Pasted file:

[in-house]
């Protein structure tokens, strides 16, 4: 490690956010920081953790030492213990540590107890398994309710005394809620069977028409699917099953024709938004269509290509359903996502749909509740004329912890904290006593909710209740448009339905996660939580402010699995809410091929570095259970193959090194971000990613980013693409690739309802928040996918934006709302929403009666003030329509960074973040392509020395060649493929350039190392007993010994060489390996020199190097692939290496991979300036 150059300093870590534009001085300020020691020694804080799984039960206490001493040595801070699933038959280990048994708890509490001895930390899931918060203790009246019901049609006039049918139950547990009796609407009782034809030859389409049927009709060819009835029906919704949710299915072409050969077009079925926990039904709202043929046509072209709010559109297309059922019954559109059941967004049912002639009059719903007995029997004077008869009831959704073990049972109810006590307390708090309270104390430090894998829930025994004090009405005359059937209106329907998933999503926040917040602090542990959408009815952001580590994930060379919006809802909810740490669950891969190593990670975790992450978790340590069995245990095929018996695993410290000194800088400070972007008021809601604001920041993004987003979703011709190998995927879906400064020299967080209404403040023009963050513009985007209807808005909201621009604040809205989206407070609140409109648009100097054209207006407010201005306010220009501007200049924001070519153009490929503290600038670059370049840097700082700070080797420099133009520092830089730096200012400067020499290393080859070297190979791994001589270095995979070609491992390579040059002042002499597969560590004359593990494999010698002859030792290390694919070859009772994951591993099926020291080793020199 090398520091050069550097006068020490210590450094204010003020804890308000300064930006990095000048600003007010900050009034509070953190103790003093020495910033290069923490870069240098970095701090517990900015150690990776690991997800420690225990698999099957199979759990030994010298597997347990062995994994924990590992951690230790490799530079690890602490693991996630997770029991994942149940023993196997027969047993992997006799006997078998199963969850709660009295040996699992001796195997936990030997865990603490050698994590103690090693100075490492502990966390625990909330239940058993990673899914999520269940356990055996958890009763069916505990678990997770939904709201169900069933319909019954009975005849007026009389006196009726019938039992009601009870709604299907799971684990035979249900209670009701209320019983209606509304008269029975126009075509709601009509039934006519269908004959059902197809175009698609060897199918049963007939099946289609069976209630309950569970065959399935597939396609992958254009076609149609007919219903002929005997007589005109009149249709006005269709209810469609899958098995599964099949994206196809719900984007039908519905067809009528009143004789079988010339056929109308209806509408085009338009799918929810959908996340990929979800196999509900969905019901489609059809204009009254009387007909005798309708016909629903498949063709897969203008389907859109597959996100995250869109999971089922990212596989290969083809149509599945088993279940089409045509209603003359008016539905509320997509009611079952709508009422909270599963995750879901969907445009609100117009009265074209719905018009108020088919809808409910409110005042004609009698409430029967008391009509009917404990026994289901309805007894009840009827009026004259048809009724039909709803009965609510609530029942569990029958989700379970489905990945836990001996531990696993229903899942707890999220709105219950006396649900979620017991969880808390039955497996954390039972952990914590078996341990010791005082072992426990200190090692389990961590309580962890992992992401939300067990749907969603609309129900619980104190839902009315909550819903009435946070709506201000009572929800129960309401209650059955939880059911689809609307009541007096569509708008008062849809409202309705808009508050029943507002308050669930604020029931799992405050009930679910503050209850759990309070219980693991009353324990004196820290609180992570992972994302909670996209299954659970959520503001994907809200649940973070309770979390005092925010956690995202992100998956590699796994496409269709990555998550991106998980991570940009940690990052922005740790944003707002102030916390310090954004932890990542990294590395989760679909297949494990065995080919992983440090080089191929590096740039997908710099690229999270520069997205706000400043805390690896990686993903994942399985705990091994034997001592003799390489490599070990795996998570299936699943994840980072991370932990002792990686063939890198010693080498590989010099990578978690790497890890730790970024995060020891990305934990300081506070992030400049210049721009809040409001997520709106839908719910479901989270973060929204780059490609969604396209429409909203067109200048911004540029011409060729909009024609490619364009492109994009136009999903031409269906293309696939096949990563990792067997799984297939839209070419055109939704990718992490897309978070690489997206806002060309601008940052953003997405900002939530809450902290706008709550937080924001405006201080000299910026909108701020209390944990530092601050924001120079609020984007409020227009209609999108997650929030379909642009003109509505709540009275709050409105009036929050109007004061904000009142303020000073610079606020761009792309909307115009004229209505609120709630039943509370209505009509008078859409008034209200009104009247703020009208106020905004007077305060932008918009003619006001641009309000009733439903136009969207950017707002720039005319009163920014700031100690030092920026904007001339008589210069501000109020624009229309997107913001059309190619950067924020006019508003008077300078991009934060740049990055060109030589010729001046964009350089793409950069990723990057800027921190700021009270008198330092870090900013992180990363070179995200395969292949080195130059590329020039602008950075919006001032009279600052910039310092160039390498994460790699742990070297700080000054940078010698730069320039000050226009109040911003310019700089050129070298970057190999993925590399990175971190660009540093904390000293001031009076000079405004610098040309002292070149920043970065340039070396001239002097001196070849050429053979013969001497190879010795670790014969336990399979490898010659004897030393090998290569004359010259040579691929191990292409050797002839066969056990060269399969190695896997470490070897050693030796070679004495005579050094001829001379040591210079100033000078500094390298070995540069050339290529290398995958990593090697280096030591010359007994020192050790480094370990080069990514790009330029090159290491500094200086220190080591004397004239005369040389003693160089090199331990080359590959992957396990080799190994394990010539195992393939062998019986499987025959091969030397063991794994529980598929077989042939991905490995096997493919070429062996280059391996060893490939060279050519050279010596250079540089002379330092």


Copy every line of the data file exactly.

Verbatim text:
[in-house]
């Protein structure tokens, strides 16, 4: 490690956010920081953790030492213990540590107890398994309710005394809620069977028409699917099953024709938004269509290509359903996502749909509740004329912890904290006593909710209740448009339905996660939580402010699995809410091929570095259970193959090194971000990613980013693409690739309802928040996918934006709302929403009666003030329509960074973040392509020395060649493929350039190392007993010994060489390996020199190097692939290496991979300036 150059300093870590534009001085300020020691020694804080799984039960206490001493040595801070699933038959280990048994708890509490001895930390899931918060203790009246019901049609006039049918139950547990009796609407009782034809030859389409049927009709060819009835029906919704949710299915072409050969077009079925926990039904709202043929046509072209709010559109297309059922019954559109059941967004049912002639009059719903007995029997004077008869009831959704073990049972109810006590307390708090309270104390430090894998829930025994004090009405005359059937209106329907998933999503926040917040602090542990959408009815952001580590994930060379919006809802909810740490669950891969190593990670975790992450978790340590069995245990095929018996695993410290000194800088400070972007008021809601604001920041993004987003979703011709190998995927879906400064020299967080209404403040023009963050513009985007209807808005909201621009604040809205989206407070609140409109648009100097054209207006407010201005306010220009501007200049924001070519153009490929503290600038670059370049840097700082700070080797420099133009520092830089730096200012400067020499290393080859070297190979791994001589270095995979070609491992390579040059002042002499597969560590004359593990494999010698002859030792290390694919070859009772994951591993099926020291080793020199 090398520091050069550097006068020490210590450094204010003020804890308000300064930006990095000048600003007010900050009034509070953190103790003093020495910033290069923490870069240098970095701090517990900015150690990776690991997800420690225990698999099957199979759990030994010298597997347990062995994994924990590992951690230790490799530079690890602490693991996630997770029991994942149940023993196997027969047993992997006799006997078998199963969850709660009295040996699992001796195997936990030997865990603490050698994590103690090693100075490492502990966390625990909330239940058993990673899914999520269940356990055996958890009763069916505990678990997770939904709201169900069933319909019954009975005849007026009389006196009726019938039992009601009870709604299907799971684990035979249900209670009701209320019983209606509304008269029975126009075509709601009509039934006519269908004959059902197809175009698609060897199918049963007939099946289609069976209630309950569970065959399935597939396609992958254009076609149609007919219903002929005997007589005109009149249709006005269709209810469609899958098995599964099949994206196809719900984007039908519905067809009528009143004789079988010339056929109308209806509408085009338009799918929810959908996340990929979800196999509900969905019901489609059809204009009254009387007909005798309708016909629903498949063709897969203008389907859109597959996100995250869109999971089922990212596989290969083809149509599945088993279940089409045509209603003359008016539905509320997509009611079952709508009422909270599963995750879901969907445009609100117009009265074209719905018009108020088919809808409910409110005042004609009698409430029967008391009509009917404990026994289901309805007894009840009827009026004259048809009724039909709803009965609510609530029942569990029958989700379970489905990945836990001996531990696993229903899942707890999220709105219950006396649900979620017991969880808390039955497996954390039972952990914590078996341990010791005082072992426990200190090692389990961590309580962890992992992401939300067990749907969603609309129900619980104190839902009315909550819903009435946070709506201000009572929800129960309401209650059955939880059911689809609307009541007096569509708008008062849809409202309705808009508050029943507002308050669930604020029931799992405050009930679910503050209850759990309070219980693991009353324990004196820290609180992570992972994302909670996209299954659970959520503001994907809200649940973070309770979390005092925010956690995202992100998956590699796994496409269709990555998550991106998980991570940009940690990052922005740790944003707002102030916390310090954004932890990542990294590395989760679909297949494990065995080919992983440090080089191929590096740039997908710099690229999270520069997205706000400043805390690896990686993903994942399985705990091994034997001592003799390489490599070990795996998570299936699943994840980072991370932990002792990686063939890198010693080498590989010099990578978690790497890890730790970024995060020891990305934990300081506070992030400049210049721009809040409001997520709106839908719910479901989270973060929204780059490609969604396209429409909203067109200048911004540029011409060729909009024609490619364009492109994009136009999903031409269906293309696939096949990563990792067997799984297939839209070419055109939704990718992490897309978070690489997206806002060309601008940052953003997405900002939530809450902290706008709550937080924001405006201080000299910026909108701020209390944990530092601050924001120079609020984007409020227009209609999108997650929030379909642009003109509505709540009275709050409105009036929050109007004061904000009142303020000073610079606020761009792309909307115009004229209505609120709630039943509370209505009509008078859409008034209200009104009247703020009208106020905004007077305060932008918009003619006001641009309000009733439903136009969207950017707002720039005319009163920014700031100690030092920026904007001339008589210069501000109020624009229309997107913001059309190619950067924020006019508003008077300078991009934060740049990055060109030589010729001046964009350089793409950069990723990057800027921190700021009270008198330092870090900013992180990363070179995200395969292949080195130059590329020039602008950075919006001032009279600052910039310092160039390498994460790699742990070297700080000054940078010698730069320039000050226009109040911003310019700089050129070298970057190999993925590399990175971190660009540093904390000293001031009076000079405004610098040309002292070149920043970065340039070396001239002097001196070849050429053979013969001497190879010795670790014969336990399979490898010659004897030393090998290569004359010259040579691929191990292409050797002839066969056990060269399969190695896997470490070897050693030796070679004495005579050094001829001379040591210079100033000078500094390298070995540069050339290529290398995958990593090697280096030591010359007994020192050790480094370990080069990514790009330029090159290491500094200086220190080591004397004239005369040389003693160089090199331990080359590959992957396990080799190994394990010539195992393939062998019986499987025959091969030397063991794994529980598929077989042939991905490995096997493919070429062996280059391996060893490939060279050519050279010596250079540089002379330092």